Exercise, indoors or outside

Exercise plays an important role when it comes to mental health as it increases the production of Dopamine - the “feel good” chemical in the brain.

When the weather is good get yourself outside where possible. Although activities such as jogging or cycling are not permitted, walking your dog is, so take your pooch out for a nice brisk walk and try to hit those magic 10,000 steps per day to stay fit and healthy.

Exercising indoors is just as effective when it comes to our well being.

Any form of exercise, whether it be high intensity, aerobics or dance and even if it’s only for 10 to 15 minutes, will help reduce anxiety and depression, allowing you to have a clearer mind.

Meditate, or just breathe

Meditation is not only a great way to reduce symptoms of anxiety and depression but can even increase the volume of certain areas of the brain.

It has been proven that it can help individuals not only sleep better and cope with common symptoms of mental disorders, such as the above mentioned but it can also reduce some of the psychological difficulties associated with chronic pain and can even help improve some cognitive and behavioural functions.

Any form of mindfulness has been proven to be very effective when it comes to looking after our mental health and wellbeing.

If meditation isn’t however for you, slow breathing might be.

Deep, slow breathing is one of the best ways to lower stress in our bodies. When we breathe deeply, a message is sent to our brain telling us to calm down and relax and then our body responds to that message.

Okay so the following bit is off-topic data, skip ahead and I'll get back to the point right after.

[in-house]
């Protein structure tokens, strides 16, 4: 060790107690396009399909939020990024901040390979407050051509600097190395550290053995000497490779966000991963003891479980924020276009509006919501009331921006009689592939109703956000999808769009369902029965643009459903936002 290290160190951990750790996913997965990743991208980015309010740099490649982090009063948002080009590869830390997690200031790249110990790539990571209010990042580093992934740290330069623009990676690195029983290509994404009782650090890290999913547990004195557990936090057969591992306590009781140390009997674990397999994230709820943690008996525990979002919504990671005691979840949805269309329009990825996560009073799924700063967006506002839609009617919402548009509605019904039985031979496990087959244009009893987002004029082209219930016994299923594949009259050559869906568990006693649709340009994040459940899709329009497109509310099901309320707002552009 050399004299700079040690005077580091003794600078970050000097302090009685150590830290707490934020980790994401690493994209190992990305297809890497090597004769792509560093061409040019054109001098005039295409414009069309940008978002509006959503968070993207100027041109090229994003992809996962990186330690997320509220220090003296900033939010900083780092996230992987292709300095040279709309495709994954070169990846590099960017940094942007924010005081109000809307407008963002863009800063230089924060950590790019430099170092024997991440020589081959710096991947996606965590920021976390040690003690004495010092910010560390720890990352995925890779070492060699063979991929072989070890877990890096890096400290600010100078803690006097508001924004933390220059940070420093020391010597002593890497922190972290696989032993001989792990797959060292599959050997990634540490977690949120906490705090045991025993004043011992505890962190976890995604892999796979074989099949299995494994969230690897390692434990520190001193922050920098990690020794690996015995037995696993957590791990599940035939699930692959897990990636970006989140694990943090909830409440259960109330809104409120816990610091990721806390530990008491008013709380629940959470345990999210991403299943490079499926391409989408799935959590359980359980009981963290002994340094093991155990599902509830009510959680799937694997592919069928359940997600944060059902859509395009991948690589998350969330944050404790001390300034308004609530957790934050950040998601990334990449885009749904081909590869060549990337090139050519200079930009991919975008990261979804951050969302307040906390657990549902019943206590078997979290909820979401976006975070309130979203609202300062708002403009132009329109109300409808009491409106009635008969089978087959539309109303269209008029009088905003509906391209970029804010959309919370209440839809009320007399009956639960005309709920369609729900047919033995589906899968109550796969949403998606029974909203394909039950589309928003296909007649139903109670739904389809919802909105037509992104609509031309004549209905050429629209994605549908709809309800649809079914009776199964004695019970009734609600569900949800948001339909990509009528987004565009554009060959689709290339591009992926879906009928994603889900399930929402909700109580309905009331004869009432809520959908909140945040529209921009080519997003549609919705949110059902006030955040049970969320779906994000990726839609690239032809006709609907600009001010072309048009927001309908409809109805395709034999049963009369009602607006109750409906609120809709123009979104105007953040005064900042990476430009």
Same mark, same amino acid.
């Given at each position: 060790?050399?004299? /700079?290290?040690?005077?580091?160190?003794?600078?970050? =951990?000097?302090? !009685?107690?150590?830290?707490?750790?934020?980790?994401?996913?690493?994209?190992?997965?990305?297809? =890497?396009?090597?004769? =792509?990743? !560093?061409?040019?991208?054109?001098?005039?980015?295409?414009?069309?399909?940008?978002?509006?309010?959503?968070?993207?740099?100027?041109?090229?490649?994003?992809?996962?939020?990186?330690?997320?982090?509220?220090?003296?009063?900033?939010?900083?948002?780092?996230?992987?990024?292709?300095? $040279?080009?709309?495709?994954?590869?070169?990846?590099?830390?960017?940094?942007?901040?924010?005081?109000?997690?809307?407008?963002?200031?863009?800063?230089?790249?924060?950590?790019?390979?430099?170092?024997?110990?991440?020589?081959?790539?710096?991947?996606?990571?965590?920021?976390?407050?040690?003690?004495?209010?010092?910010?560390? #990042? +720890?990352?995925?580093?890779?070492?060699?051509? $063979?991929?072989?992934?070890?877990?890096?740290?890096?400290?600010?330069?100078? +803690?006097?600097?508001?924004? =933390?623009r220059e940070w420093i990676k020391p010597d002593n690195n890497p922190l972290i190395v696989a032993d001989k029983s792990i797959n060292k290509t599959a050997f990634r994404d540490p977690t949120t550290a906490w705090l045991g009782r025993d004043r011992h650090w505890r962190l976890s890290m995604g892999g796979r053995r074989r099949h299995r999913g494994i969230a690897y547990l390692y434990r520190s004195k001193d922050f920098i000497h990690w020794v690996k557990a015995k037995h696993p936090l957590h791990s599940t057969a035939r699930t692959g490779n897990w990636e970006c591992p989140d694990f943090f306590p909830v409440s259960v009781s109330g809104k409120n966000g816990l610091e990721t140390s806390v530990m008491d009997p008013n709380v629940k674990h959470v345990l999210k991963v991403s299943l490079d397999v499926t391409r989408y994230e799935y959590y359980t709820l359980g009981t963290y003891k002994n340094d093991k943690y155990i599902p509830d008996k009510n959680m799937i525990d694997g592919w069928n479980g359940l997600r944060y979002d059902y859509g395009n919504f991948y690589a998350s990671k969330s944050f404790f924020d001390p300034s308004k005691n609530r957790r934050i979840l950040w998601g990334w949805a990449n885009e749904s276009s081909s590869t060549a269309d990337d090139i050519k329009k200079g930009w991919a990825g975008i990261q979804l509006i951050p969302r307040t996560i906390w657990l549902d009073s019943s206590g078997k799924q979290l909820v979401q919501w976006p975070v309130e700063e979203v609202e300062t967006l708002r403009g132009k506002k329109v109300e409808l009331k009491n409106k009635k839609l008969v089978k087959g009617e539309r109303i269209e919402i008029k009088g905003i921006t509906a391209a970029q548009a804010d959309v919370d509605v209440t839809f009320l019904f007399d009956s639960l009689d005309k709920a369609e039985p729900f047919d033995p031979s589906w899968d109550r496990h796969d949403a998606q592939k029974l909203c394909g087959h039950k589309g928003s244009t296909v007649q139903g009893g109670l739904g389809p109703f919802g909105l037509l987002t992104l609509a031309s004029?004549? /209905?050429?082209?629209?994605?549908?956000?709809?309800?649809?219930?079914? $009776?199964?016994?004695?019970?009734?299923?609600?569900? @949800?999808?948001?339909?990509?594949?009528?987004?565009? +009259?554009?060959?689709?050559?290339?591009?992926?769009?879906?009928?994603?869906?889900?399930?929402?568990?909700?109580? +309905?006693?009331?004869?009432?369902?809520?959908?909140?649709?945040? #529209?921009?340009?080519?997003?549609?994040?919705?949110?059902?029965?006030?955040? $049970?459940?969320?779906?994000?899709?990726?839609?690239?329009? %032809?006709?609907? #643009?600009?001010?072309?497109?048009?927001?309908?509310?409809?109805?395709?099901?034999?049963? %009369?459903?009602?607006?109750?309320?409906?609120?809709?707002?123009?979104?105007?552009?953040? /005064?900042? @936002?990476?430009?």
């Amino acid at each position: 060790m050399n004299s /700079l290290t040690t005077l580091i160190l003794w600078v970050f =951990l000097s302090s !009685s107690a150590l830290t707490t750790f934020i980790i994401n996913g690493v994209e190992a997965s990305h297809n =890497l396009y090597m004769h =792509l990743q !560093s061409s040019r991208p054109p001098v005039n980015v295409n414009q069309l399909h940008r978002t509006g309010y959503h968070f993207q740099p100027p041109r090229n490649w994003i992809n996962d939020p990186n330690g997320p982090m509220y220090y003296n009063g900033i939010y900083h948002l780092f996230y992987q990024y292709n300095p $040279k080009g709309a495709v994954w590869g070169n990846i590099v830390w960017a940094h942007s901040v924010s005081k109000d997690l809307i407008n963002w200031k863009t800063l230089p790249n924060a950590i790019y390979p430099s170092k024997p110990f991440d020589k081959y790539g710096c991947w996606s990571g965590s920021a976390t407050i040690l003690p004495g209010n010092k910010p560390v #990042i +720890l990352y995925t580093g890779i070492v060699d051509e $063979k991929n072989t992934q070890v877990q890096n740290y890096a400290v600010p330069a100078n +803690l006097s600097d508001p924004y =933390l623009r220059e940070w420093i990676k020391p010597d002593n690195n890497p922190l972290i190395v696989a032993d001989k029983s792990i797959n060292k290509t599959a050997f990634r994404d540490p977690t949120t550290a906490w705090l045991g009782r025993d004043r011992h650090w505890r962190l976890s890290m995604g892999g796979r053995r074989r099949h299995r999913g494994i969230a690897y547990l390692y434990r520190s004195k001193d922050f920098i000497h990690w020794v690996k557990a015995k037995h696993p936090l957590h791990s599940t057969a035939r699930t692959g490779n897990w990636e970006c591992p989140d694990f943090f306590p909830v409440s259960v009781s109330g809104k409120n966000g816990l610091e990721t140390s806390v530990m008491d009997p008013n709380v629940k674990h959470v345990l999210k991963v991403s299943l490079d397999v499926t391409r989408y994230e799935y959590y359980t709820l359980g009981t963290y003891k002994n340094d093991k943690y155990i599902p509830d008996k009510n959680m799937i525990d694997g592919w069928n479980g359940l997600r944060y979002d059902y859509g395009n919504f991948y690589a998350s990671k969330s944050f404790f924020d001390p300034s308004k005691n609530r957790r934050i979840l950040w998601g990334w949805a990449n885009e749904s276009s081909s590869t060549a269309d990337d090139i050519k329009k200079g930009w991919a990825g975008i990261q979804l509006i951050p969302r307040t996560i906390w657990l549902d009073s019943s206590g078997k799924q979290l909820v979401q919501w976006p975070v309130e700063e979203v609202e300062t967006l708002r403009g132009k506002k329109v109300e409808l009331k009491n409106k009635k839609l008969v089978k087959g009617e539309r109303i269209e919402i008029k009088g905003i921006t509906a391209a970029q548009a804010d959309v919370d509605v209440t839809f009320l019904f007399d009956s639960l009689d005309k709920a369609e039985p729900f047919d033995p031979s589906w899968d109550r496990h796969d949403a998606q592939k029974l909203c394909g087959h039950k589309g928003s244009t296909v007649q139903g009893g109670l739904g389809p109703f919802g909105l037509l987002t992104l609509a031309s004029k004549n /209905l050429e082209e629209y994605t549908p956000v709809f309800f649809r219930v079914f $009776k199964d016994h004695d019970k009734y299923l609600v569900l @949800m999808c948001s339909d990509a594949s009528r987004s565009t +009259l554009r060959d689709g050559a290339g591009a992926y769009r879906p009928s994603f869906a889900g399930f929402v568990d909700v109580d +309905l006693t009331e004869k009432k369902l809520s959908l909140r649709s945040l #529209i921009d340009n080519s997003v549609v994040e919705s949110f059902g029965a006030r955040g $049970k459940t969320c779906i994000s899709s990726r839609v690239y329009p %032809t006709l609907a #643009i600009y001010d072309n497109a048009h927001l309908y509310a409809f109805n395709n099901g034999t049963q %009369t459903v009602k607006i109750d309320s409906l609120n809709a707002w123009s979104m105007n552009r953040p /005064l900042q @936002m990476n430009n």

Any form of breathing exercise is a good way to relax, reduce tension and relieve stress.

Help others from a distance

Helping, or being of service to others is one of the best things you can do to help society in these hours of need.

Studies have repeatedly shown that even offering a small act of kindness has strong and immediate mental health benefits. It also gives us a sense of purpose, which is great in helping with our mindset.

Many organisations and charities are crying out for help, so get online and see what you can find that will suit you personally.

Learn to be grateful

Now, this isn’t easy to do in these trying times, especially if you have lost work, or been ill due to the pandemic surrounding us all.

Practising gratitude for what we do have though can be hugely beneficial to our mental health. Studies have shown that by writing down five things we are grateful for, once a week, is massively linked to increasing our well being.

So even if times are challenging for you right now, try writing down some of the things you are thankful for the most.

If you have children, think about sitting down as a family and talk about what makes you happy in your life.

Don’t be too hard on yourself

This is probably the most important thing to remember. When things aren’t going ‘perfectly’ in your household, do not beat yourself up about it!

There is no point being upset with yourself as it is absolutely counterproductive.

So what if your children have watched too much TV, or played too many video games, is it really the end of the world?

Unfortunately, things are going to be a bit tough for all of us in the coming weeks or months, and if your new schedule doesn't go to plan, it’s really not such a big deal in the grand scheme of things.

Cut yourself some slack and remember, we are all in this together and we will at some point, come out the other side.